4 Day Work Week Benefits

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What is the four-day work week, and what does it look like?

“Working more hours does not mean working better,” says Iñigo Errejón, the leader of Spain’s small left-wing Spanish party, who has proposed a €50m pilot project that would allow at least 200 companies to trial reduced work hours with minimal risk over a three-year period.

 

Errejón, and other advocates for a four-day work week, believes that working fewer hours can actually increase employee productivity, loyalty and satisfaction, and thereby employee retention.

 

Many politicians agree with this belief, including Finland’s new Prime Minister Sanna Marin, who has indicated she will institute a nationwide four-day work week. Additionally, New Zealand’s prime minister, Jacinda Ardern, has suggested an abbreviated work week could save the country’s economy by relying on residents, rather than tourists, to spend money locally on long weekends off.

 

But it’s not just politicians advocating for the four-day work week. Many business leaders, workers and even large corporations are on board for implementing a reduced-hours work schedule, including Microsoft Japan. In the summer of 2019, Microsoft Japan conducted a temporary four-day work week study titled, “Work Life Choice Challenge 2019 Summer” and afterward announced it saw a significant employee productivity boost of 40%, as well as other peripheral benefits, such as a 23% reduction in electricity costs.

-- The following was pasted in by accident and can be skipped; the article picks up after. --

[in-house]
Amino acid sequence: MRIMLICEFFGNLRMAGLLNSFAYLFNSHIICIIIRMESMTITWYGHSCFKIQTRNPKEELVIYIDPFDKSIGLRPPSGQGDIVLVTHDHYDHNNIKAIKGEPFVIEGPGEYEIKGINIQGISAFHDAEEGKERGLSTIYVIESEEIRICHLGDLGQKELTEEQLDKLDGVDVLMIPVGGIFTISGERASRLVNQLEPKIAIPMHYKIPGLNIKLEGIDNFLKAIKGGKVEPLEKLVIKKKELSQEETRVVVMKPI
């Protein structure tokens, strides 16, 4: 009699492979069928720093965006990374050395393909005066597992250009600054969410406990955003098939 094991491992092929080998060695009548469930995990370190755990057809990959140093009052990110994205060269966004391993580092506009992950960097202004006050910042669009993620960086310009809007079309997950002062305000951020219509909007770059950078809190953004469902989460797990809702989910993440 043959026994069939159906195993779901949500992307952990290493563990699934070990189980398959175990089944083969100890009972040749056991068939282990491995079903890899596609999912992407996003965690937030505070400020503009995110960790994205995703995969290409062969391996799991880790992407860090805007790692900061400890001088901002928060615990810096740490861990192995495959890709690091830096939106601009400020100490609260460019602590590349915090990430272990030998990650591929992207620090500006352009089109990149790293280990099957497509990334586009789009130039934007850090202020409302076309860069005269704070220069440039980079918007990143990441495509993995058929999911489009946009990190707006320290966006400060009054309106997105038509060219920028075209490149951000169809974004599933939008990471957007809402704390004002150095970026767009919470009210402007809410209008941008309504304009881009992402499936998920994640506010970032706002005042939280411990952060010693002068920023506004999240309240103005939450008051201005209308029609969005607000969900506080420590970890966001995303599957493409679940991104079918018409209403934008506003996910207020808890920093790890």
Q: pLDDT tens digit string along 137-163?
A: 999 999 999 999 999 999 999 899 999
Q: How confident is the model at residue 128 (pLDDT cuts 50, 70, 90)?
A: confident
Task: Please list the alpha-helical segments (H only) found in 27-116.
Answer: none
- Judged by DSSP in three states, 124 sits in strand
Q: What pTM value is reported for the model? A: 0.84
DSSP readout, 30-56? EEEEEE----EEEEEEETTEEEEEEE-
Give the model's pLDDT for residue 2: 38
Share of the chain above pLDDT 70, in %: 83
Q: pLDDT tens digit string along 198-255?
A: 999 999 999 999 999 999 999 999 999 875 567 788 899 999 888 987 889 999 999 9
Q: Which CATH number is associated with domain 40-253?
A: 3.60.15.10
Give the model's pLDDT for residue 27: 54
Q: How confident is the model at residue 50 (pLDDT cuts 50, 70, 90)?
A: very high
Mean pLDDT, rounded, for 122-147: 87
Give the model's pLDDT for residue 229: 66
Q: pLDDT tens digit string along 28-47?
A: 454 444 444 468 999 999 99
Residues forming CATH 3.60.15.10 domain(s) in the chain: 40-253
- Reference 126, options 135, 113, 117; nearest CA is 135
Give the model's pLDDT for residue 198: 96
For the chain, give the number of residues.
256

So, how could a four-day work week benefit your business, and what exactly does it look like?

 

Benefits of a four-day work week

A four-day work week includes 32 hours of work spread over four days with five-day pay. Rather than compressing hours, the alternative work week proposes reducing hours for several benefits, including increased productivity and higher employee satisfaction.